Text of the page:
J.E. Jr. Howes, T.S. Elleman, D.N. Sunderman
1960 unpublished
The selective removal of halide fission products from an aquecus solution by exchange with the halide in solid silver halide has been studied as the basis for a fuel-element leak detector. The retention of fission-product halides on a silver halide column was investigated as a function of coolant flow rate, halide anion, arid column size. Fission-product decontamination factors and predicted operating lifetimes were obtained for a number of reactor operating conditions. It was concluded that a
more » ... ensitive, rapid leak detector for a water-cooled reactor could be constructed from a silver bromide or iodide column monitored by a neutron detector to detect delayed neutrons from the halide fission products. The feasibility of gross gamma monitoring is dependent upon the intensity of the gamma background arising from absorbed fission products on the silver halide column. The equilibrium value of this background can be determined only through in-pile experiments. The discovery of a fuel-element failure is generally based on the detection of one or more fission products in the reactor coolant following a failure. In a typical leakdetection system, a volume of the coolant or some constituent in the coolant is isolated and the radioactivity is measured to determine if failure has occurred. Among the systems which have been proposed are those which measure gross gamma activity!^ ^'^/""j, delayed neutronsCl^^), or high-energy beta particlesC^) in an isolated volume of the coolant. These systems generally have poor sensitivity when used in water-cooled reactors since activation of the coolant and corrosion products yields a high counting background. The background may be lowered by permitting the short-lived coolant radioisotopes to decay before radioassay of the coolant, but this technique undesirably delays the detection of a fuel-element rupture. ^Refeiences at the end.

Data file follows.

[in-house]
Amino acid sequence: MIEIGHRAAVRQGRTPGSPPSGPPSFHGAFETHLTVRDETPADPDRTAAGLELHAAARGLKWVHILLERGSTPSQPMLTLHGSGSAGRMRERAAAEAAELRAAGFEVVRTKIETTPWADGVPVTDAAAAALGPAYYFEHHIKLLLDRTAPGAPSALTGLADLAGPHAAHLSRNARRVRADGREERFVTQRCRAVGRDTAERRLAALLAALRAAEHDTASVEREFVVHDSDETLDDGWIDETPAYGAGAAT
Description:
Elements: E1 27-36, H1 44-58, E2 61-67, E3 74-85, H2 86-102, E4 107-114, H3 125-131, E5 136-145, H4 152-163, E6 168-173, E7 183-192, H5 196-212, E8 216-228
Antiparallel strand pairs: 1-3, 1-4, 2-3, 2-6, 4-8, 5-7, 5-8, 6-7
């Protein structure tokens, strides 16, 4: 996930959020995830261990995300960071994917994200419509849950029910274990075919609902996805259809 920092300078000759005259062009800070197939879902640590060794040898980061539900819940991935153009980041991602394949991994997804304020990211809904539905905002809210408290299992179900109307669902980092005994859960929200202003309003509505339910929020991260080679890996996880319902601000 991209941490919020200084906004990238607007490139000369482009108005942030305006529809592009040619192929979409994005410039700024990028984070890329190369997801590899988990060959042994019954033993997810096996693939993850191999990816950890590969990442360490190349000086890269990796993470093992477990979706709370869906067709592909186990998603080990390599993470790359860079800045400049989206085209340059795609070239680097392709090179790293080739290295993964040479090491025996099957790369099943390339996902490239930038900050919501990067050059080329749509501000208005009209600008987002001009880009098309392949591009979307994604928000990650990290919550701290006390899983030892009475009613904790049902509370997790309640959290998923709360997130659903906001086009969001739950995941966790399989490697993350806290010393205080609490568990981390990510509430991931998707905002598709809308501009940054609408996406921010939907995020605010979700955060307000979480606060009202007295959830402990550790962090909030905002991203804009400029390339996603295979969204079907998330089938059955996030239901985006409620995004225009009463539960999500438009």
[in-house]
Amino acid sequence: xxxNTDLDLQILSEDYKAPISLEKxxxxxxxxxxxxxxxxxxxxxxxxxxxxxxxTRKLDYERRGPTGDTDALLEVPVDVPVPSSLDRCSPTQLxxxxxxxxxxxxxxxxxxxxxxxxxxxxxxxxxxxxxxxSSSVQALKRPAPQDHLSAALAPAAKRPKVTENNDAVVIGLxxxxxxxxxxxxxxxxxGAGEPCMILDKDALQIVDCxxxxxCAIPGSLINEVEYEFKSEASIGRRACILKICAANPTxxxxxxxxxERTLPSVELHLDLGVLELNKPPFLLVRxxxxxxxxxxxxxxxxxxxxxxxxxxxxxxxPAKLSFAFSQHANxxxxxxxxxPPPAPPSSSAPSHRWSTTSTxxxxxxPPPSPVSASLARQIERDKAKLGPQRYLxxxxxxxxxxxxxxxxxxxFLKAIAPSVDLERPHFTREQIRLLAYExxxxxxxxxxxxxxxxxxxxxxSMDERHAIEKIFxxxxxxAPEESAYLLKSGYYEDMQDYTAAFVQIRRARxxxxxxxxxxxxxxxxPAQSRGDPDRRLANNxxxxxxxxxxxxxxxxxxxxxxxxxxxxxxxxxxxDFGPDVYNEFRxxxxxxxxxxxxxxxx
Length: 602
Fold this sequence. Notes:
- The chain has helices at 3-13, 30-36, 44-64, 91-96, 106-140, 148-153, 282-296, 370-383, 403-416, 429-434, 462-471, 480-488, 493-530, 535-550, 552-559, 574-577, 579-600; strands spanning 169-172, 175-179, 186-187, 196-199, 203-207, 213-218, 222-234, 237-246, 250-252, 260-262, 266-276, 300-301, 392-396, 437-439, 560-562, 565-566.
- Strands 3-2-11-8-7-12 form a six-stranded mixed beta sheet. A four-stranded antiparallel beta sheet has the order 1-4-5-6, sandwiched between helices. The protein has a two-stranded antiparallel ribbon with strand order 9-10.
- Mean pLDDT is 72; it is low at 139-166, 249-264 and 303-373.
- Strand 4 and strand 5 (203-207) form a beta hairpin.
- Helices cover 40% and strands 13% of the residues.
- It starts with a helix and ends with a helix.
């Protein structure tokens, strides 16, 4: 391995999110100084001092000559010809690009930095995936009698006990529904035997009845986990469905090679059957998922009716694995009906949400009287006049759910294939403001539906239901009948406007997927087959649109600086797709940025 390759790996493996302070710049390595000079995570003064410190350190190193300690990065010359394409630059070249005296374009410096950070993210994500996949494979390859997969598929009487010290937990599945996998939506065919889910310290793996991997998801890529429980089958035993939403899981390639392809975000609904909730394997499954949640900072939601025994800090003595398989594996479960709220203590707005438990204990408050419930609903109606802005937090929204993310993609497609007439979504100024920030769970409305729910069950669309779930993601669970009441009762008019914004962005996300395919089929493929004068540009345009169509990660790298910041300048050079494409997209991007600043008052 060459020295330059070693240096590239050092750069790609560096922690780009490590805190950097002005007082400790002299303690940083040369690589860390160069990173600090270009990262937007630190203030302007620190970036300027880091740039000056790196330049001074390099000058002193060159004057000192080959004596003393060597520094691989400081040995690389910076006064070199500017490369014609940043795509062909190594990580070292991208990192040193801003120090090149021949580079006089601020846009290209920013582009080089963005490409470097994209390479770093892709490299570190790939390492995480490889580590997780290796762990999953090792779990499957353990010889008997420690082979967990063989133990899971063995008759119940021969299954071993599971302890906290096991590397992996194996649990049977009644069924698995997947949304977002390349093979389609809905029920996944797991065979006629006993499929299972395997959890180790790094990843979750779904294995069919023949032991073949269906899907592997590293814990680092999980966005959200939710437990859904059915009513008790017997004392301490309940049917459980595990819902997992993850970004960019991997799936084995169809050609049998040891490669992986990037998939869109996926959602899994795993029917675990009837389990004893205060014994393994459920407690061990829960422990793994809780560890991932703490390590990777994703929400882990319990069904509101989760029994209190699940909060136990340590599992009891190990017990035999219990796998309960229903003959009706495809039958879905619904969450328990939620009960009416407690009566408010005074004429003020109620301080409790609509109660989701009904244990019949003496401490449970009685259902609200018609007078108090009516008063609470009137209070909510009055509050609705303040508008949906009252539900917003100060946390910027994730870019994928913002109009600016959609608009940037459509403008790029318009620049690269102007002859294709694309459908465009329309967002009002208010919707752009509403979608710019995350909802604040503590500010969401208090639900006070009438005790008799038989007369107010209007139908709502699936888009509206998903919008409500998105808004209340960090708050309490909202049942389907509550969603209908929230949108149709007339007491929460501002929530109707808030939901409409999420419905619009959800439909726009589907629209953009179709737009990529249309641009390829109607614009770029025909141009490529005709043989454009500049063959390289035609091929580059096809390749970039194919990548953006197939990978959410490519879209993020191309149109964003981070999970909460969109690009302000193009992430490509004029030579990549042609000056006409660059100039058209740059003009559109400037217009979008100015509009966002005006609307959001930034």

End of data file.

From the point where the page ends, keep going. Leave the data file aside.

doi:10.2172/4171215 fatcat:o4xayednfzakxola5gzxztre4m